What does the INCAE Diversity and Inclusion Club do?

13 July 2022
Institutional comunication

A year ago, in June 2021, the board of directors of the Diversity and Inclusion Club recognized the interest shown by INCAE towards the creation of this group, which is so necessary at the present time. The truth is that this club was received with open arms by the Inca Community.

We spoke with Mónica Pinzón Acevedo, president of the board of directors of the INCAE Diversity and Inclusion Club, about the experience they have had since then, the fight for inclusion in all spheres, and their plans for the future.

“The experience has been very pleasant –confirms Mónica–, taking into account that as a club we deal with very sensitive social issues. The context lends itself to misunderstanding, and even angering people. We had a bit of a complex experience because it involved offensive language, we didn't communicate properly and there was a misunderstanding, which we were able to resolve quickly." 

Mónica considers that “the moment has not yet been reached at INCAE to take advantage of diversity, inclusion and integration, although in certain classes we have had the opportunity to touch on the subject of people with different sexual orientations, genders, and other minorities. I think this about 10 years ago would not have been possible.”

The issue of gender equity is complex for students. Monica shares a fact: “On average, women represent 30% of the residential classes, and in the executive classes it is even lower. This makes the process of removing the biases we grew up with even more difficult. But little by little there is a change in mentality.

Composition of the board of directors

Ideally, a grouping of this nature should ensure that diversity is widely represented: men, women, of different gender identities, of various ethnic origins and nationalities. How is the current board of directors made up?

Monica replies: “We changed the way we choose the people who are on the board. Before, it was just talking to someone and negotiating their presence at the meeting, but this time we are giving people complete freedom to apply, meet them and welcome them to the board. As I mentioned earlier, the sensitivity of the topic is definitely a barrier to people being part of the group, let alone the board of directors.”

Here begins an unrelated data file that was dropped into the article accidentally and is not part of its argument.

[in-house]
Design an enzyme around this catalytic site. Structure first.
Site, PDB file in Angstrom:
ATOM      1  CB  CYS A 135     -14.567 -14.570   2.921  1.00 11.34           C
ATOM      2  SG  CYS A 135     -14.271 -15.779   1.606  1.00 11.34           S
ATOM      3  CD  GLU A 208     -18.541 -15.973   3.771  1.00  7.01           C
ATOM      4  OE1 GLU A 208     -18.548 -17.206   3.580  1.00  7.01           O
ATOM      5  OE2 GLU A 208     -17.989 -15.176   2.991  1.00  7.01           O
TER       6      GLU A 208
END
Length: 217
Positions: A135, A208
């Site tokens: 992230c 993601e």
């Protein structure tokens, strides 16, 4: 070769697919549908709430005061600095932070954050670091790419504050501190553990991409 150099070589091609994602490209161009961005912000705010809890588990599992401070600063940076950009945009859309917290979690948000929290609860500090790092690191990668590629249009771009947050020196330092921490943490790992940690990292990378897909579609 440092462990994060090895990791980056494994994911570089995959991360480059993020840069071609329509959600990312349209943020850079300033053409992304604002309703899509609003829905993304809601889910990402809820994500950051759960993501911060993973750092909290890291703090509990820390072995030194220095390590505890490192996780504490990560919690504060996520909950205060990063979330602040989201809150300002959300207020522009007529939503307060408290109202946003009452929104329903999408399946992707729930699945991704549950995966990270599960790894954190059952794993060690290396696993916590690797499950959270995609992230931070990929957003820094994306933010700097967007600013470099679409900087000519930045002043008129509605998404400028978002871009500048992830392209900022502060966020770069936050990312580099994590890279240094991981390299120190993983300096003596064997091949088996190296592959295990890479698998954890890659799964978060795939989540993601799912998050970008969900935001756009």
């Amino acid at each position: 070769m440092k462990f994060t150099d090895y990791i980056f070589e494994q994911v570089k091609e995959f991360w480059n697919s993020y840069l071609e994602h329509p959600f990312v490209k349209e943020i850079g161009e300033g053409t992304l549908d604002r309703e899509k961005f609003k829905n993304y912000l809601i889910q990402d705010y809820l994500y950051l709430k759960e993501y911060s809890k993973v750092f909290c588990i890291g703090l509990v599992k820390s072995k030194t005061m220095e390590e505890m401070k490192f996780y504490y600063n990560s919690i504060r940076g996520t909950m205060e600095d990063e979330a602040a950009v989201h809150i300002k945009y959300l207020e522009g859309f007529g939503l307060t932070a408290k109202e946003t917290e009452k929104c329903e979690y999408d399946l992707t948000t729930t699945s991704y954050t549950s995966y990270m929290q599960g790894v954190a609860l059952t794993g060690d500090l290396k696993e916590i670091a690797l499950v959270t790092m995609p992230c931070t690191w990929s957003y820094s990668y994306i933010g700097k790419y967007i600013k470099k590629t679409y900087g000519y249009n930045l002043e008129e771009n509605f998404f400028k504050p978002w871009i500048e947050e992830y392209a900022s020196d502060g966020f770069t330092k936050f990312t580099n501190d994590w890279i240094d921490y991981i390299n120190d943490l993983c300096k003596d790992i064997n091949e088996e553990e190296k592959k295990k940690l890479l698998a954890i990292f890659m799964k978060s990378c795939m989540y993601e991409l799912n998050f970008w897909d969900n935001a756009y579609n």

Better than before, but still not enough

“Being a bisexual woman –she narrates–¬, it is definitely very hard not to feel included. Socially, an environment in which people like me are comfortable has not been designed, although definitely, little by little, it has been changing. 

“I'm only 26 and I don't feel the same oppression that people in the LGBT+ community felt 50 years ago, but I'm still afraid to hold hands with the woman I'm dating late at night. I think that what we most commonly face is ridicule from close people, like when they say pejorative phrases. It also happens that people are not allowed to be in places just because they are with their partners. And in the worst case, you suffer physical aggression."

“Are we improving as a region? Yes. Is it the improvement we need? Nope. everyone we deserve to live calm down y insurance, with human rights, with a dignified life, loving whoever we want, being who we are”, he concludes. 

Next steps and activities

“On July 13, Accenture spoke about the importance of diversity and equity in the corporate world. Also -Mónica informs- we have planned a talk on positive masculinities, which is only for men, and where they will be able to explore the subject in depth and resolve their doubts. 

"We also plan to conduct a survey to collect information on the comfort felt by diverse people on campus. We want to analyze the campus environment in order to take the necessary actions to improve the situation. This, with the support of our godmother, Professor Susan Clancy And at the end of the year we have to pass the club on to the next generation.”

Regarding an ambitious goal that Mónica sets for the Club is to “foster deeper conversations within the classes, where we touch on issues of diversity and inclusion. It is definitely something that intimidates the class, but it is necessary to remain competent in the region.”

Campaign by the Walter Kissling Gam Campus Club on Microaggression Awareness